Obama begs for calm as rioters set fires and attack police cars in Ferguson after grand jury refuses to indict police officer in Michael Brown case
- Television split-screen broadcasts showed dramatic contrast between the president’s requests for nonviolent reactions and the fires set on the streets of Ferguson, Missouri
- Dispelling black activists’ distrust for police ‘won’t be done by smashing car windows,’ Obama said, as cable news screens showed windows being smashed and reporters warned of shots fired
- Rioters threw bottles and rocks at police after grand jury members decided they couldn’t charge Officer Darren Wilson with a crime
- Obama left the press briefing room after a nine-minute statement when reporters began asking him whether Wilson will face separate federal civil-rights charges
After members of a grand jury determined that police officer Darren Wilson will not face criminal charges related to the death of 18-year-old Michael Brown on August 9, peaceful protests spiraled out of control. Obama spoke to the nation a half-hour later.
The president said anger is an ‘understandable reaction’ from people who believe ‘the law is being applied in a discriminatory fashion,’ a reference to Wilson being white and Brown being black.
‘What we need to do is try to understand them,’ Obama said.
And referring to a growing feeling of distrust between urban blacks and mostly white police forces, he warned that healing the rift ‘won’t be done by smashing car windows. That won’t be done by using this as an excuse to vandalize property. It certainly won’t be done by hurting anybody.’
‘There is no excuse for violence,’ he said.
‘Those who are only interested in violence and just want the problem to go away should realize that we have work to do here.’
As the president spoke, cable news channels broadcast split-screen views of an imperturbable Obama on one side and angry reactions on the other.
Police ‘need to work with the community, not against the community,’ he said, indicating his desire to see law enforcement isolate violent instigators – many of whom traveled to Missouri from great distances – and a larger group of people ‘who want to protest peacefully.’
‘The fact is,’ he said, ‘in too many parts of this country a deep distrust exists between law enforcement and communities of color. Some of this is the result of the legacy of racial discrimination in this country.’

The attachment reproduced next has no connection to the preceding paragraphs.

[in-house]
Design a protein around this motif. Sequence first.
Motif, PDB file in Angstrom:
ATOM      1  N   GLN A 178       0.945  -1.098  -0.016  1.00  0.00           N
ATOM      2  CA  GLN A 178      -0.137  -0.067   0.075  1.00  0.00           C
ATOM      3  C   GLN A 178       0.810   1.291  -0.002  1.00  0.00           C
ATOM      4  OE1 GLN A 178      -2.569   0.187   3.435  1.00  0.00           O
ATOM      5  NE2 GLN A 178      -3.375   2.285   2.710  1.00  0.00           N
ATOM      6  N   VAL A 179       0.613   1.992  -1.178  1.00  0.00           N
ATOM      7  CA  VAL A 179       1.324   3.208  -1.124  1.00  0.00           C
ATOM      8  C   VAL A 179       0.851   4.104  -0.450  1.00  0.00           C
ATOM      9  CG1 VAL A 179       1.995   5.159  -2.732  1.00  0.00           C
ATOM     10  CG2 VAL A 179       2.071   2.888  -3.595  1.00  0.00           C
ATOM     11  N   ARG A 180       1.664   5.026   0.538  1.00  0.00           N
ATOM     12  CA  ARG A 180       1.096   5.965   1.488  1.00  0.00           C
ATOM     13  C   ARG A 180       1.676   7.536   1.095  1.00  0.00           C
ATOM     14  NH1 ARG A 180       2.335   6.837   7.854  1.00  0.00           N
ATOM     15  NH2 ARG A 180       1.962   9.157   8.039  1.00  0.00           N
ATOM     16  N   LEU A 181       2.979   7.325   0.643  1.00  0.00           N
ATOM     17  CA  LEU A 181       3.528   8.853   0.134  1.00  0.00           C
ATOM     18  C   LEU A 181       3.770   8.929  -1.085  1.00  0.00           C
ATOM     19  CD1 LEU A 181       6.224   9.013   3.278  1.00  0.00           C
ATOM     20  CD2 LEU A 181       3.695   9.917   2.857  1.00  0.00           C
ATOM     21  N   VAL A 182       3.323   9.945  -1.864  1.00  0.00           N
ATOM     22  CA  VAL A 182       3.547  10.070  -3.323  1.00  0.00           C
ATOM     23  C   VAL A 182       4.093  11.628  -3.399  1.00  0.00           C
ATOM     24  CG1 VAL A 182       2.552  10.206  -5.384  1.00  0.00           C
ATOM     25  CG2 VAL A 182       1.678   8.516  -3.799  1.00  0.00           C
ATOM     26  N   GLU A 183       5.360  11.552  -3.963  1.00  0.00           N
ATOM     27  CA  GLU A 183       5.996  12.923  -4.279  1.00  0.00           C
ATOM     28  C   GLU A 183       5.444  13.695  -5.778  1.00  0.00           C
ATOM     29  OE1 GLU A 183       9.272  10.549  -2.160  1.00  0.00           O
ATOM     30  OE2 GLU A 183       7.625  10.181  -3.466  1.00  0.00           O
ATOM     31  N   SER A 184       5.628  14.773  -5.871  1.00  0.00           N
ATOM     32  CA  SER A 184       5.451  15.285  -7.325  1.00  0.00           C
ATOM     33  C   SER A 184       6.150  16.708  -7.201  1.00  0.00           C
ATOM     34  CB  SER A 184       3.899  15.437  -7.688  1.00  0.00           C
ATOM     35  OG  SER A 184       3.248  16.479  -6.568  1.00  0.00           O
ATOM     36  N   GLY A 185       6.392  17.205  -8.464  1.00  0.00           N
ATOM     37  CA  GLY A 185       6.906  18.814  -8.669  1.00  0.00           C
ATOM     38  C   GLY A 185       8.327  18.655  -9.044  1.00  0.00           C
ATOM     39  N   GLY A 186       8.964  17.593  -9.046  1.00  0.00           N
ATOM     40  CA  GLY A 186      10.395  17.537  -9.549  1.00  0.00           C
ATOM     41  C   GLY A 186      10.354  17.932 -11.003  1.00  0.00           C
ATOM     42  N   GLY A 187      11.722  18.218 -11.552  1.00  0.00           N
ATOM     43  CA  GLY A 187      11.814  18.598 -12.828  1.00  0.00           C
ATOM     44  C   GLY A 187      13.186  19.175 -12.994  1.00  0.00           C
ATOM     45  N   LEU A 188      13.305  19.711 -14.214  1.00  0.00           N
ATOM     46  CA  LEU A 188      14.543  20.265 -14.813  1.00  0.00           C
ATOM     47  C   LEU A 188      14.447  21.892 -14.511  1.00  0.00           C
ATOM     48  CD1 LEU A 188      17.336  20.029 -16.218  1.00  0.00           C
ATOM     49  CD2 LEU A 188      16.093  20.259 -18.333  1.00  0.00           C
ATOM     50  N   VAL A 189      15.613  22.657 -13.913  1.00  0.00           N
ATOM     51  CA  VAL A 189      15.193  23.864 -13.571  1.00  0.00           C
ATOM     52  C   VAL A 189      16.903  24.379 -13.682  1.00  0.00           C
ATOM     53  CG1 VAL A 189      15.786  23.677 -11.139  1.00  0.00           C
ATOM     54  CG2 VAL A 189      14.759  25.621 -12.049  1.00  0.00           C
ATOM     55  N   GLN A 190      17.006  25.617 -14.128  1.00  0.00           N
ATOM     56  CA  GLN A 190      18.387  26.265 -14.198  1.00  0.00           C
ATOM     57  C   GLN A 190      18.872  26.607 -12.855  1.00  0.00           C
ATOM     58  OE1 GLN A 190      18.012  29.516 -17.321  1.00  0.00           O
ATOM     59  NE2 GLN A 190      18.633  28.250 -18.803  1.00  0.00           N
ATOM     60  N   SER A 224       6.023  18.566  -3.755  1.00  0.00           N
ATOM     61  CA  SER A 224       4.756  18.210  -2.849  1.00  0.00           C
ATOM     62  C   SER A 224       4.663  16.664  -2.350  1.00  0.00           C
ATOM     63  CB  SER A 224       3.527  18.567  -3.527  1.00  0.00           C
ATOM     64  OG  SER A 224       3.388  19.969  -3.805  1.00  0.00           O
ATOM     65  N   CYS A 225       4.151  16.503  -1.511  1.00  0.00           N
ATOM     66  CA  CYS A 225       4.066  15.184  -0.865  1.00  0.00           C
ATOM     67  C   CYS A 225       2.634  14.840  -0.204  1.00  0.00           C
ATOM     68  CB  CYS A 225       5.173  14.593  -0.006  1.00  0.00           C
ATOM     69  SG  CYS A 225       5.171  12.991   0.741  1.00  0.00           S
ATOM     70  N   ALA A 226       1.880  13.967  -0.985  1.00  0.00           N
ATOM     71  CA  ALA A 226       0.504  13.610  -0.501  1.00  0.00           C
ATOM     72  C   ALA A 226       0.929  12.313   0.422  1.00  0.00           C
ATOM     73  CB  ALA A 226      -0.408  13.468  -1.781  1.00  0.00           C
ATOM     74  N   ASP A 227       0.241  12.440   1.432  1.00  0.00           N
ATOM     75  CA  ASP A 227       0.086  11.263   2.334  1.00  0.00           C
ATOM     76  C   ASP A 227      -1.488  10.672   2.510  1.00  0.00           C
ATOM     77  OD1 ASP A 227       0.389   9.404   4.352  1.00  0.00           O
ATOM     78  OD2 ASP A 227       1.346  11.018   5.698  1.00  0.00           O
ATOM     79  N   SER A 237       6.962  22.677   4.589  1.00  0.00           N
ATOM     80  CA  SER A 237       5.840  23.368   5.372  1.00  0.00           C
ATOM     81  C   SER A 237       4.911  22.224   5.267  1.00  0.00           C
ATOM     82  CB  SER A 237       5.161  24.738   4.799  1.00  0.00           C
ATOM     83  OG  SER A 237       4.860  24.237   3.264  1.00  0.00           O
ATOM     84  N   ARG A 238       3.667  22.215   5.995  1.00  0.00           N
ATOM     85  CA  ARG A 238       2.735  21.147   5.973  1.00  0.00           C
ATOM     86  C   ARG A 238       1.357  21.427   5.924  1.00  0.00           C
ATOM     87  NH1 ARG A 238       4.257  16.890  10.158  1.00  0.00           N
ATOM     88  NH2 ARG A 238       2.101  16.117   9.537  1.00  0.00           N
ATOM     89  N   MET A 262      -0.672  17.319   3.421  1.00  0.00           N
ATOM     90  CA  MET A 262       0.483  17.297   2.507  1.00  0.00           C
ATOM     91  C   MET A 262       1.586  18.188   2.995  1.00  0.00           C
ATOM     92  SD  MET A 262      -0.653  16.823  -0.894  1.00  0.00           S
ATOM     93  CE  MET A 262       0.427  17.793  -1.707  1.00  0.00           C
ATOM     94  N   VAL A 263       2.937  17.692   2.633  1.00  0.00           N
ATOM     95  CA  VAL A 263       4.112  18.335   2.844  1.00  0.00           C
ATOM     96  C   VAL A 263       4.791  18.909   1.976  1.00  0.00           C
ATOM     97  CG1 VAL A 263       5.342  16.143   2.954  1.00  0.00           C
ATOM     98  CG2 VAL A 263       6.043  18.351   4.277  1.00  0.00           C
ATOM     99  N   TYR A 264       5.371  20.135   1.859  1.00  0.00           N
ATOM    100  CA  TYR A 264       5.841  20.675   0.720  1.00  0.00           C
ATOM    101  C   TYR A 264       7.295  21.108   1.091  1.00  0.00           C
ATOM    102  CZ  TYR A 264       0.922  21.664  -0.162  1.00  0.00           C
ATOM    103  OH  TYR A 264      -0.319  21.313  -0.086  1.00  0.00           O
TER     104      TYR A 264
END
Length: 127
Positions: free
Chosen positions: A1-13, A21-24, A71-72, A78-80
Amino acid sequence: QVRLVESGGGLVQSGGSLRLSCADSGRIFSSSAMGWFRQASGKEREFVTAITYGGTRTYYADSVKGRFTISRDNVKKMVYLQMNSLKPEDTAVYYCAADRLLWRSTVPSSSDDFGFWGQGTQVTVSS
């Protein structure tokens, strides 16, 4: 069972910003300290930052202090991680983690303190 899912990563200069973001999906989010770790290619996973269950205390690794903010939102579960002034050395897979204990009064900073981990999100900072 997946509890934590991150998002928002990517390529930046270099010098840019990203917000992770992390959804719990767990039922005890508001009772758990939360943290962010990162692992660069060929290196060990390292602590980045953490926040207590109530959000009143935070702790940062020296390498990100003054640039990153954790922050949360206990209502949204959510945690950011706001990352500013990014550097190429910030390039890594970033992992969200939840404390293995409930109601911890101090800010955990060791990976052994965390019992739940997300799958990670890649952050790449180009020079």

‘And this is tragic because nobody needs good policing more than poor communities with higher crime rates. We need to recognize that this is not just an issue for Ferguson, this is an issue for America.’
Obama delivered his nine-minute statement, answered a single question and then left the White House briefing room as journalists asked whether brown will face separate federal charges related to alleged civil-rights violations.
The Missouri grand jury’s decision isn’t binding on the Department of Justice in Washington, where outgoing Attorney General Eric Holder still could charge him.
It’s possible that Wilson could still face a federal trial and a long prison sentence. That would still be the case even if he had been acquitted in a state-level court.
Missouri Democratic Sen. Claire McCaskill hinted at a second bite at the apple for the government in a statement issued after the news broke, saying Missourians should ‘await the conclusion of … [an] independent investigation’ being undertaken by the DOJ before passing judgment.
But on Monday the president firmly legitimized the 12 citizens, nine white and three black, who heard evidence over a stretch of weeks and decided it didn’t add up to an indictment.
‘First and foremost, we are a nation built on the rule of law, and so we need to accept that this decision was the grand jury’s to make,’ Obama said.
‘There are Americans who agree with it, and there are Americans who are deeply upset, even angry. It’s an understandable reaction. But I join Michael’s parents in asking anyone who protests this decision to do so peacefully.’
‘Let’s take a look and see how things are going,’ he said in response to the one question he took.
‘Eric Holder’s been there. We’ve had a whole team from the Justice Department there. And I think that they have done some very good work.’
The grand jury process is different from a courtroom trial. It’s conducted in secret and without balance between the government and a potential defendant.
Unlike in a trial, where a jury must assign guilt beyond a reasonable doubt, the grand jury must only decide whether or not there’s a rational reason – a ‘probable cause – to believe that a crime was committed and sufficient evidence to bring the case to court.
Despite taking place in that far more prosecution-friendly environment, the grand jury’s determination means that the weight of the prosecution’s case was too weak to sustain charges.